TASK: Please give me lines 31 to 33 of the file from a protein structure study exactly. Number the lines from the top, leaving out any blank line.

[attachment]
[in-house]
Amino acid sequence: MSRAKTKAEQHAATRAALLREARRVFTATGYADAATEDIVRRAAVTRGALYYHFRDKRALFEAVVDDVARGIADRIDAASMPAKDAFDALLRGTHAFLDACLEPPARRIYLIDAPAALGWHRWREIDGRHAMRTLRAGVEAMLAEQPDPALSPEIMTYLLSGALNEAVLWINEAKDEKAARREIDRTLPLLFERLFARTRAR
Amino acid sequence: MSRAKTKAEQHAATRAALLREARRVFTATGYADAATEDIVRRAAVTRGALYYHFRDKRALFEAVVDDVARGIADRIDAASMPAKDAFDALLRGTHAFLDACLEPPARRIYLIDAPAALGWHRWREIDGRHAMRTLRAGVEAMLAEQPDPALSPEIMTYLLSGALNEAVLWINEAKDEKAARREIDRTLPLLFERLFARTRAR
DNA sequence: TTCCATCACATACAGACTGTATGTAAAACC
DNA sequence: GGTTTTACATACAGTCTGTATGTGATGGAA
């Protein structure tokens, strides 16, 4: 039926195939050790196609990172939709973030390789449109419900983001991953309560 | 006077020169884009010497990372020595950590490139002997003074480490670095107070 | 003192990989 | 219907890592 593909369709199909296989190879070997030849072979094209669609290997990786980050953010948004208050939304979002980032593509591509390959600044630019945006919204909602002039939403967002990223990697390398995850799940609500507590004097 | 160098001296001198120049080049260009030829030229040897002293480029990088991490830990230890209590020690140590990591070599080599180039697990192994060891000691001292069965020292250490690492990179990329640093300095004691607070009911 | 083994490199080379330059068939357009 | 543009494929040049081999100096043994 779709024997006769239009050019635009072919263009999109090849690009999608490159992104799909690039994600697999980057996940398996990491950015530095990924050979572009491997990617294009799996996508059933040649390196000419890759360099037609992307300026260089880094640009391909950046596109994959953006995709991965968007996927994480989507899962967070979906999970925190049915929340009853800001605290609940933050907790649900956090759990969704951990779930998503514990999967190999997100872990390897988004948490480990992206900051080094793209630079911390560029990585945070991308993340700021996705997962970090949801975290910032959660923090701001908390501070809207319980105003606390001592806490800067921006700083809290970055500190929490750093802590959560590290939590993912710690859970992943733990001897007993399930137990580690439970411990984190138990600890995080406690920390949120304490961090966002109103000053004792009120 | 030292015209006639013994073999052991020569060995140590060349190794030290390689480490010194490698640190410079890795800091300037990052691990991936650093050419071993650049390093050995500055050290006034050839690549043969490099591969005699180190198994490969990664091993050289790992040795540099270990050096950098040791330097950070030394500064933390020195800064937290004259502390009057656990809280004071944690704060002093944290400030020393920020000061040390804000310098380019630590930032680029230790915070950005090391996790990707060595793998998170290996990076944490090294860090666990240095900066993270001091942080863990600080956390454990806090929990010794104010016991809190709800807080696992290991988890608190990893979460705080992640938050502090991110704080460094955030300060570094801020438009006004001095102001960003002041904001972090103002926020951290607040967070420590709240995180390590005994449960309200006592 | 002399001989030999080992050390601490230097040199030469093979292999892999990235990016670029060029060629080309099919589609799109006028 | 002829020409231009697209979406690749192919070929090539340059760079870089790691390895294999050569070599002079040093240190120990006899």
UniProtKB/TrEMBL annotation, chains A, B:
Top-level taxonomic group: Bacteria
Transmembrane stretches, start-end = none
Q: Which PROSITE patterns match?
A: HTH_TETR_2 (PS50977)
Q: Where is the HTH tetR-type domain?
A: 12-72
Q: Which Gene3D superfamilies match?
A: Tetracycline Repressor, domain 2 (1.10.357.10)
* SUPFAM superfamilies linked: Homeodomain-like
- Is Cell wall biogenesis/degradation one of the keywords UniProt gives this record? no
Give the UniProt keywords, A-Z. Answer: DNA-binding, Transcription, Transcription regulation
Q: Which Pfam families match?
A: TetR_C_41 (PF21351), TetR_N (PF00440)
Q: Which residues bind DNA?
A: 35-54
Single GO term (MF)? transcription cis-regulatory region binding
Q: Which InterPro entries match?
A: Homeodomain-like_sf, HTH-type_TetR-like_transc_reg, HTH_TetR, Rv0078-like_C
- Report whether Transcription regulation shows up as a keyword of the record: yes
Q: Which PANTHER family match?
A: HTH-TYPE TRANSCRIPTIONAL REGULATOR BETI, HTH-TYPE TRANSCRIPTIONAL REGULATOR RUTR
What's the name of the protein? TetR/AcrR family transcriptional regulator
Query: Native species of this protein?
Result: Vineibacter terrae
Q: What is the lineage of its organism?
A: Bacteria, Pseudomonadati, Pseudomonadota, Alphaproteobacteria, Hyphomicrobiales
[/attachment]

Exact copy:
Result: Vineibacter terrae
Q: What is the lineage of its organism?
A: Bacteria, Pseudomonadati, Pseudomonadota, Alphaproteobacteria, Hyphomicrobiales